In February 2019 Rite Press founder Sargam Patel reached out to backers to ask for more funding, claiming that the average pledge of $35.26 was eclipsed by the $66.72 cost of producing and shipping a press. “There is simply no funding available to give refunds,” Patel wrote. Alongside additional funding from backers, the Essential+ was supposed to raise the money necessary to complete the project.
Reviews of the Essential+ are… iffy to say the least, with standout keywords like “scalding hot”, “poor quality”, and “piece of junk”.
Comments on the Kickstarter are still pouring in, five years later. “Yo where’s my French press?!?!?” reads one. “SCAM, shame of kickstarter for supporting this looser…. don’t worry, you can go buy a plastic “the rite press” on amazon…. get bent!” another (presumably) yells. One simply reads, rather mournfully, “When French press”.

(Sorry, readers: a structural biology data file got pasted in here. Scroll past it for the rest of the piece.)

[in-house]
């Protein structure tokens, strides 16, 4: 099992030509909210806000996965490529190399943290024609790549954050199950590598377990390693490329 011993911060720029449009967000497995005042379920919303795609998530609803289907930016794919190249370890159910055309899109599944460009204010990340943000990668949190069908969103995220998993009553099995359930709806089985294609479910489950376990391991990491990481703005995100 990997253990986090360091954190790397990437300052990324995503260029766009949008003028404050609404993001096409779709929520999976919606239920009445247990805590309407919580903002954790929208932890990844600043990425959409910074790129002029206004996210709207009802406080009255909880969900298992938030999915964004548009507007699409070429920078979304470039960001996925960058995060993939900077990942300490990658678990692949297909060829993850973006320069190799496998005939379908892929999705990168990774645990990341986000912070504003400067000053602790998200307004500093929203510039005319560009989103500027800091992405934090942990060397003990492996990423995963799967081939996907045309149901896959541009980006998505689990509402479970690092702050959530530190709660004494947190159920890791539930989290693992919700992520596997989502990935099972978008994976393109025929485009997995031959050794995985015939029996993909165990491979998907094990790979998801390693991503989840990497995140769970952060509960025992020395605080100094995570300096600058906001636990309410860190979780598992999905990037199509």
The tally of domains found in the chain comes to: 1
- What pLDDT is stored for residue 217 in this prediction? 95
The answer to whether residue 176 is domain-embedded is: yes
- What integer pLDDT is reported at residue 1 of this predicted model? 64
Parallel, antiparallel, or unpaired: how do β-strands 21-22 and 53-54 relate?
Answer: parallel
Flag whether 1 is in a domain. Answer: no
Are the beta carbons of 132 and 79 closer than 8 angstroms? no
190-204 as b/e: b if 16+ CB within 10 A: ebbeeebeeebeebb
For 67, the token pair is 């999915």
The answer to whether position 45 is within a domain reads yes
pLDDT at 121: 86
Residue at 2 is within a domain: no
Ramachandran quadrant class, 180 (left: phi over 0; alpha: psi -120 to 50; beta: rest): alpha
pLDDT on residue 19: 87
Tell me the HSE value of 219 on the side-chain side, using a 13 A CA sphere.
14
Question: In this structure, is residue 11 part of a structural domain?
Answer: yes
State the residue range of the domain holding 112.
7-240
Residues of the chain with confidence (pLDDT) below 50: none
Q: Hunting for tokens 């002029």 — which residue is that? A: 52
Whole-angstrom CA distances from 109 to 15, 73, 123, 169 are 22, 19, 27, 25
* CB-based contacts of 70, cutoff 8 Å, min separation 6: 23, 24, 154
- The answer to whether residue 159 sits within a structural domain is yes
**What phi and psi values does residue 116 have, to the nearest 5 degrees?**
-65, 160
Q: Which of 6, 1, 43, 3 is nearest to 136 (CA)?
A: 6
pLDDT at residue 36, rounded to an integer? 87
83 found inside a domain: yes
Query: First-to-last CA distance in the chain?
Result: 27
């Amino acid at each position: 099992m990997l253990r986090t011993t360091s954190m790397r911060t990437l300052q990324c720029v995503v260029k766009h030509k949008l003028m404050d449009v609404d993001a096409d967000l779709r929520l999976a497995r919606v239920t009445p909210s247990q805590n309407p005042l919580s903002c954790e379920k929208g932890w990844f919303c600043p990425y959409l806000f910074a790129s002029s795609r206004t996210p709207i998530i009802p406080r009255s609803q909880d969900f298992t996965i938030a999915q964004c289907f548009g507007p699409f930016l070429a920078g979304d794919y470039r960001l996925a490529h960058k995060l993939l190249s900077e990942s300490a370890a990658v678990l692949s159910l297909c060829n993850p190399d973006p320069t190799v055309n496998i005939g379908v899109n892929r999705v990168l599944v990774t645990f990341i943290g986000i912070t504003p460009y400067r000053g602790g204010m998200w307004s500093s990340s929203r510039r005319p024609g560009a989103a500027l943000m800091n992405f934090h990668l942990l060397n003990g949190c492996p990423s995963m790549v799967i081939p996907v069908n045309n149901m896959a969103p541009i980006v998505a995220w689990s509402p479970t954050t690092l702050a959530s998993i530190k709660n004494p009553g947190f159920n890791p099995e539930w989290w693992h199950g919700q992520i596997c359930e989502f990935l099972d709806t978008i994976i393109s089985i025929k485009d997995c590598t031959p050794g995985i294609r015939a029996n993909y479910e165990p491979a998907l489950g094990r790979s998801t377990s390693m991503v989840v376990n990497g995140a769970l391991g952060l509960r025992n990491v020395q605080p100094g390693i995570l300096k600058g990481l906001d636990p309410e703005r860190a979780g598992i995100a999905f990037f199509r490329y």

Lots of personal insults here, which I won’t recount, and it seems as though Patel and the Rite Press sort of disappeared. but let’s end on a slightly less caustic note. One commenter wrote, “If more backers understood the difference between crowdfunding investments and online shopping this project may have been very different.”
Kickstarter is not a shop.
Bonaverde, 2013 — $681,461 pledged by 2,254 backers — 153 updates — 3,620 comments
“Farm to table? Try tree to cup.” So began a piece in Huffington Post in 2013 about Bonaverde’s machine as it launched on Kickstarter. The “World’s first roast-grind-brew coffee machine” was available to backers for just $300. Three hundred dollars! For a coffee roaster, grinder, and brewer, all in one! Roast, brew, and drink your coffee in minutes!